Get more Mail & Guardian
Subscribe or Login

Fujimori’s wife blasts Lima ruling as ‘witch trial’

The Japanese wife of Peru’s former president Alberto Fujimori accused a Lima court on Wednesday of conducting a medieval-style ”witch trial” after it sentenced him to 25 years behind bars.

The special court in Lima on Tuesday convicted Fujimori of ”crimes against humanity” in connection with the murderous activities of an army death squad during his 1990-2000 rule.

Fujimori’s wife, Satomi Kataoka, said there was no evidence to support the ruling.

”This is just like a witch trial in medieval times,” said the 42-year-old, who married Fujimori in 2006. ”How could this happen? I’m totally shocked and boiling with anger.”

Kataoka, who runs a hotel in Tokyo, praised her husband, who is of Japanese descent.

”He never spoke ill of other people during the trial,” she added, speaking by telephone. ”He is a silent, decent man — a samurai with the Japanese DNA.”

Fujimori maintained his innocence throughout his 15-month trial.

He claimed that he was kept unaware of the actions of the death squad when it carried out the main crimes examined by the court: the murders of 15 people in 1991, and the abduction and murders of nine university students and their professor in the capital the following year.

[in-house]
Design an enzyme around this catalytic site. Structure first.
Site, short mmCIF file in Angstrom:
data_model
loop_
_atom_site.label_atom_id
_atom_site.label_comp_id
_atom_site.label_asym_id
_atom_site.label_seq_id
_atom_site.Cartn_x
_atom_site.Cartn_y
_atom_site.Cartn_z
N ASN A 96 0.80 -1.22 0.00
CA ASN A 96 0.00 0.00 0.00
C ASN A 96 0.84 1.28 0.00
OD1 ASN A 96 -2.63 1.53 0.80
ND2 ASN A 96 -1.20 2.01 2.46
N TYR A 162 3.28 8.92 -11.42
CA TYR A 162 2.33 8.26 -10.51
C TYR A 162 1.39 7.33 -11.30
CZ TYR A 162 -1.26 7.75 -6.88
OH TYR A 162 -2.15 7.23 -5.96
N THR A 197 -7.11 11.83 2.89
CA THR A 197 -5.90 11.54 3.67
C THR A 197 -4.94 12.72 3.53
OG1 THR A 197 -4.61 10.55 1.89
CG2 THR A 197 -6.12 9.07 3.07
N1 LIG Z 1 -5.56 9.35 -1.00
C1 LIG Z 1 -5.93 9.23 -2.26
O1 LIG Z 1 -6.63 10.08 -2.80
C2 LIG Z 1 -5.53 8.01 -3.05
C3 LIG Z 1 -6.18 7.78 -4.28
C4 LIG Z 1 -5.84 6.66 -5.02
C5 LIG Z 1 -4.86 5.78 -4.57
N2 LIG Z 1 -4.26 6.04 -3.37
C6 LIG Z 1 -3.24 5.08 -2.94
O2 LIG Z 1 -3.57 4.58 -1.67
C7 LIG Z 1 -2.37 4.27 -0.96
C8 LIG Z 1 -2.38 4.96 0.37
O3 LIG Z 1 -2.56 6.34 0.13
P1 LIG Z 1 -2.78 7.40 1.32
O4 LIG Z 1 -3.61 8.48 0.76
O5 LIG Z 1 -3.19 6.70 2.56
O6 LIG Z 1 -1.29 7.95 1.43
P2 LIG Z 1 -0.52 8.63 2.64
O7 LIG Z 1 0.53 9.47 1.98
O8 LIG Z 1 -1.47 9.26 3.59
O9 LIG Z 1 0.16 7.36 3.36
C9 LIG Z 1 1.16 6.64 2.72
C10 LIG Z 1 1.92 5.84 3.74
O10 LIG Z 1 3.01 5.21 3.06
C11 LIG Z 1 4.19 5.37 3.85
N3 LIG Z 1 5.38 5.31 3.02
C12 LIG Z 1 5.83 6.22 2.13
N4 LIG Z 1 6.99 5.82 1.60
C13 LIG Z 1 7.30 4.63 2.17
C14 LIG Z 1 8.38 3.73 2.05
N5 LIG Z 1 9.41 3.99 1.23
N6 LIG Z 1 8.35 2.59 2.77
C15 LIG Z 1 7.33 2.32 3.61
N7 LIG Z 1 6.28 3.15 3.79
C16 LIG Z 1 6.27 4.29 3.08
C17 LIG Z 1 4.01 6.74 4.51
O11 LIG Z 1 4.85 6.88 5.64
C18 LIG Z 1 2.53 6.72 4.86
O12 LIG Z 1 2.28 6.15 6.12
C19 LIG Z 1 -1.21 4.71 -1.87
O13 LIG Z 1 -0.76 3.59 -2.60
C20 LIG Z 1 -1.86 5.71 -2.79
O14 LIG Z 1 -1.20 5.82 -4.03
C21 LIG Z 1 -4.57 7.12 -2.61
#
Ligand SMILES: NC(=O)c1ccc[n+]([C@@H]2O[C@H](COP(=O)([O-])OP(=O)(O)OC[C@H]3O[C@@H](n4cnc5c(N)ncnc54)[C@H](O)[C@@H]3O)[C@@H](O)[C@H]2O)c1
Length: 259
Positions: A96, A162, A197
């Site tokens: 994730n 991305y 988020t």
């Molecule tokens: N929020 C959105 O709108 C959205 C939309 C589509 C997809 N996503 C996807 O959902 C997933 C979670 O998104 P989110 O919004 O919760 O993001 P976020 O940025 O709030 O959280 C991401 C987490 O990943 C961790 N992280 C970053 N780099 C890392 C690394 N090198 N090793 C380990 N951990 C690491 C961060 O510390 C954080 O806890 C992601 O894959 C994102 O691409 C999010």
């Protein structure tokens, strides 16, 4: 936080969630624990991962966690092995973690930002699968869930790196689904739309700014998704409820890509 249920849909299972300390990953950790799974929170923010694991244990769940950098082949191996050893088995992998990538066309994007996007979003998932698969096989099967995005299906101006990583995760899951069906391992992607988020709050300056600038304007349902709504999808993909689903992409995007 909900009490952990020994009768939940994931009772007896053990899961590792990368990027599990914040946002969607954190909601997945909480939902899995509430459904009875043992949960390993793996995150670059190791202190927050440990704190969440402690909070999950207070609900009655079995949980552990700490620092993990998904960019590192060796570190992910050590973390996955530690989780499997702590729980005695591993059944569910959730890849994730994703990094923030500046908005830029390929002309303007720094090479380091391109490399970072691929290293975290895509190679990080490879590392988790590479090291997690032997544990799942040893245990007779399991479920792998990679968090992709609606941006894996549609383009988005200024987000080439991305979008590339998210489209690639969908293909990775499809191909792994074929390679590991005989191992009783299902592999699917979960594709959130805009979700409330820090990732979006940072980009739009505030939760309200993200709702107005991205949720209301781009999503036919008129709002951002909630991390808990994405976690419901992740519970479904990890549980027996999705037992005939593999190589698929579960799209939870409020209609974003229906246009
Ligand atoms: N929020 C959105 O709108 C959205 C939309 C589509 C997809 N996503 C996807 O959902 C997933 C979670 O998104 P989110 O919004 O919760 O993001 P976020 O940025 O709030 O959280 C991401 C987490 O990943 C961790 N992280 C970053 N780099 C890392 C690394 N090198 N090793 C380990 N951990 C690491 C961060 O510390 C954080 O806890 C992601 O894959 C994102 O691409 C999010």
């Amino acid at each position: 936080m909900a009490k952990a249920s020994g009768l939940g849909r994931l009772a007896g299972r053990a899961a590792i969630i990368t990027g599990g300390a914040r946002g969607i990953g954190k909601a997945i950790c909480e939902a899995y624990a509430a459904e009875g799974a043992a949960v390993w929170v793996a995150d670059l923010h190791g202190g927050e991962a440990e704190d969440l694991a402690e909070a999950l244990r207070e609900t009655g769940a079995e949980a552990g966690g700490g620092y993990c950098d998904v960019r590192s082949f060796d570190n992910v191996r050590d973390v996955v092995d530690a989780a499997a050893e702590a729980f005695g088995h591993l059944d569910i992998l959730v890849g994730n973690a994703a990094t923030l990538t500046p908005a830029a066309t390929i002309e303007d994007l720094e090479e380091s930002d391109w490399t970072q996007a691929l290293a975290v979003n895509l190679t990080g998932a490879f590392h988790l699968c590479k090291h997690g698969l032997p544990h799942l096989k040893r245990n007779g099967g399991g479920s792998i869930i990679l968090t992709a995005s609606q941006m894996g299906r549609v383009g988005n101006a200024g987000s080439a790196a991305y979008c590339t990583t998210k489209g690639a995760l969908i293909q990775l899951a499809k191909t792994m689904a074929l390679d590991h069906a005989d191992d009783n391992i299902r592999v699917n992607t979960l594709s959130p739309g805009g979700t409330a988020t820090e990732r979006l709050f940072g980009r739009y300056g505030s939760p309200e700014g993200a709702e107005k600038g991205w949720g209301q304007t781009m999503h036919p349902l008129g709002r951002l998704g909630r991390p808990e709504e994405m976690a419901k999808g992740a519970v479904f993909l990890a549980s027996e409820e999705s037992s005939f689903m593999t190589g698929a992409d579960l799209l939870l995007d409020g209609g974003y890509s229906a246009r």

But the court found he authorised and protected the army unit, known as La Colina.

Fujimori fled to Tokyo in 2000 and sent a fax from a hotel announcing his resignation as president. Japan considered him as a national by descent, and refused to extradite him.

However, in 2005 he travelled to Chile intending to restart his political career in Peru. He was arrested on arrival and extradited to Peru in 2007.

While he was under house arrest in Chile, he ran unsuccessfully for a seat in Japan’s upper house of Parliament with the support of a tiny conservative party, describing himself as ”The Last Samurai” representing Japanese values. — Sapa-AFP

Vote for an informed choice

We’re dropping the paywall this week so that everyone can access all our stories for free, and access the information they need in the run up to the local government elections. To follow the news, sign up to our daily elections newsletter for the latest updates and analysis.

If our coverage helps inform your decision, cast your vote for an informed public and join our subscriber community. Right now, you can a full year’s access for just R510. Subscribers get access to all our best journalism, subscriber-only newsletters, events and a weekly cryptic crossword.

Related stories


Already a subscriber? Sign in here


Latest stories

Malema: ANC will use load-shedding to steal votes

While on the campaign trail in the Eastern Cape, EFF leader Julius Malema, without evidence, claimed the ANC was planning to use rolling blackouts to ‘steal votes’

Khaya Koko: The looting isn’t over until the fat belly...

A song about Eastern Cape Premier Oscar Mabuyane preventing looting was way off the mark in a province riddled with corruption and theft

Eskom will try to avoid blackouts during local government elections

Chief operating officer Jan Oberholzer said the ailing state power utility’s staff would be on standby as South Africans cast their votes on 1 November

‘Terribly scary’: Dysfunctional municipalities are a threat to South Africa’s...

The country’s local governments are a drag on investment, a strain on the fiscus and pose a critical sovereign risk

press releases

Loading latest Press Releases…